Friday, February 17, 2012


"Scars remind me that the past is real." (Papa Roach)

I remember when I was about six years old. My beautiful aunt, her friend, and I were walking towards the nearest market. It was hot that day and the town road wasn't cemented yet. I remember feeling very jealous because my favorite aunt was happily talking to her friend while I had to be on the side. I recall not understanding what they were talking about and feeling very stupid for not being able to interject smartly or just plainly contribute to the conversation. I was wearing my slippers then and the road was dusty and rocky. I tripped. I still carry the same scar today. At the center of my left knee, shaped like a squinting eye.

I was about four years old then. I liked wearing shorts so a mosquito bit the back of my right thigh. It was very itchy so I scratched it until it bled. My grandmother was a frustrated doctor and I was her first patient. She treated the inflamed mosquito bite with a sticky white liquid from a jackfruit. She also boiled leaves she found in the backyard and applied it to the wound. It got so big and probably very infected, she had to take me to a real doctor. I remember the pain I had to bear when the real doctor injected the huge wound with an antibiotic. Today, whenever I wear shorts, a prominent one-peso coin is embossed at the back of my right thigh.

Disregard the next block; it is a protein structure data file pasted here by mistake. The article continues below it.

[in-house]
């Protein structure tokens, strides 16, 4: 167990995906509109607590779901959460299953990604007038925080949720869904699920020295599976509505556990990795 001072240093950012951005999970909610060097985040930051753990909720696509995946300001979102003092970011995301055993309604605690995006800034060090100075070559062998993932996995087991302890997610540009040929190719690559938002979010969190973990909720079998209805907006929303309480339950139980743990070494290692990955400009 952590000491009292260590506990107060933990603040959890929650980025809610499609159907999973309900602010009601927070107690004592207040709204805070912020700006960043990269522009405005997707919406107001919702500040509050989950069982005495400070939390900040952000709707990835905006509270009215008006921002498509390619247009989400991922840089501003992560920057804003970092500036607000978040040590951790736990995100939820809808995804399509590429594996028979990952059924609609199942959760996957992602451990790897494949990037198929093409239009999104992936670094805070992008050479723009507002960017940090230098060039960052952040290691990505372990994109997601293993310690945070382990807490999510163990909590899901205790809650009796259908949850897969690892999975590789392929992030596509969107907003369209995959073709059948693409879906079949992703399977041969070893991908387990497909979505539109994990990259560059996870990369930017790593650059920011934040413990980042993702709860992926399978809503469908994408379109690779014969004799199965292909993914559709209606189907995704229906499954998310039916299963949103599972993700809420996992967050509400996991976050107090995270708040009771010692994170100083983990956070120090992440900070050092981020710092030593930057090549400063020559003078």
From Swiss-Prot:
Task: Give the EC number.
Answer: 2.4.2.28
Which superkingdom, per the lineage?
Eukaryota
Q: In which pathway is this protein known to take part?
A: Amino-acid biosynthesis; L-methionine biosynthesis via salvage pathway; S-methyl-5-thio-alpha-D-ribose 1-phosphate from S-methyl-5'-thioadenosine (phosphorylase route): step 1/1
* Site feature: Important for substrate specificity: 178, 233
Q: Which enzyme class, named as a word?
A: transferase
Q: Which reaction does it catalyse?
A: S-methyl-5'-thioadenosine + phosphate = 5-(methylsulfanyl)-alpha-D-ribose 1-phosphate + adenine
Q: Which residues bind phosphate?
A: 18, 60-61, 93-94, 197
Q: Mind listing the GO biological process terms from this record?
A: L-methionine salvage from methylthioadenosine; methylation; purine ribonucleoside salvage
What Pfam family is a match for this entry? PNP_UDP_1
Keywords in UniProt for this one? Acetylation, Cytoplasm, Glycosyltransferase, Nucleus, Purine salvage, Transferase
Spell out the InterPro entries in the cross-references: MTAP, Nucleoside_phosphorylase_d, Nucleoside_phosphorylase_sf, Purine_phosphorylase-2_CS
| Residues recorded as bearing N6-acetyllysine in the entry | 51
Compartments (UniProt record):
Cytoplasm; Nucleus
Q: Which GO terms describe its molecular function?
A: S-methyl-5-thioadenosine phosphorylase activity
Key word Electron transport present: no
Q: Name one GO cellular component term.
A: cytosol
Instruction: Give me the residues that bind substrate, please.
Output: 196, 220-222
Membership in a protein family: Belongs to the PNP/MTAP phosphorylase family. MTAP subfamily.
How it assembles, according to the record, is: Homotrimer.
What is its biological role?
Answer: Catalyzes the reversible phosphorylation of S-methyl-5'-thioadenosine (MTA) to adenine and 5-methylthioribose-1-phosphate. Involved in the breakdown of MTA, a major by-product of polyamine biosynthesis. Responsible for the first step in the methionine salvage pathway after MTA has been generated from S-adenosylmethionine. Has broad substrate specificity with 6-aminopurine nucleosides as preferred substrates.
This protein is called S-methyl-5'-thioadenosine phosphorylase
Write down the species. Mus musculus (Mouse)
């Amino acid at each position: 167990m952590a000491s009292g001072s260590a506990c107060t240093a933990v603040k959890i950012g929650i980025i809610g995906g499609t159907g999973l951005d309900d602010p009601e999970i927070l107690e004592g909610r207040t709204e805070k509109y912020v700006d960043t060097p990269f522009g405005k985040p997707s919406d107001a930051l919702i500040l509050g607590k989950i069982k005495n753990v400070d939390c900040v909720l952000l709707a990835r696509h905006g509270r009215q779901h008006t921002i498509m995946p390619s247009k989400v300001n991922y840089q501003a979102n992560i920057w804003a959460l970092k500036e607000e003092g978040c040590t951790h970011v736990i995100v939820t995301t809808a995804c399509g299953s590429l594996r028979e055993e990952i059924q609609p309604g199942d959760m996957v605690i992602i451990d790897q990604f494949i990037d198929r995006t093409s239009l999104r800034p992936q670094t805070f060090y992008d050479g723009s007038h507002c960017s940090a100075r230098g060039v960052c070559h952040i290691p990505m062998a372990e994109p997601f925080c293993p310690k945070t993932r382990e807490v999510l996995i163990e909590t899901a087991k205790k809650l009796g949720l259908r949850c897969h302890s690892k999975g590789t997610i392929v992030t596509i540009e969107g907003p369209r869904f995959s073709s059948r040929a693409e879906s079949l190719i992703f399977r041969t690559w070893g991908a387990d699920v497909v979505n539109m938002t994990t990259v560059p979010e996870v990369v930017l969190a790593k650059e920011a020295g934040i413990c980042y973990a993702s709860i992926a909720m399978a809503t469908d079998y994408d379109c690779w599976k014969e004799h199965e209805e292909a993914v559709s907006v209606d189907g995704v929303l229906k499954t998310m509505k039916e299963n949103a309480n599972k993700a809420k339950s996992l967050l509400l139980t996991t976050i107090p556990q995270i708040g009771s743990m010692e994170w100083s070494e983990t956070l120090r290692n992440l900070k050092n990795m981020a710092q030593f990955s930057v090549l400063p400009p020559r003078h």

I was in a different place, with my parents for the first time, and I was about five. I was at the living room. My mother was gently rubbing a warm towel all over me. We had to go see a real doctor. I was sick with chicken pox. I wasn't worried then about the spots until it began to heal and I saw that I looked like a dalmatian. My mother told me it will heal well. But a scar remains on my face; the one at the bridge of my nose. I carry it proudly today because my mother has an identical mark.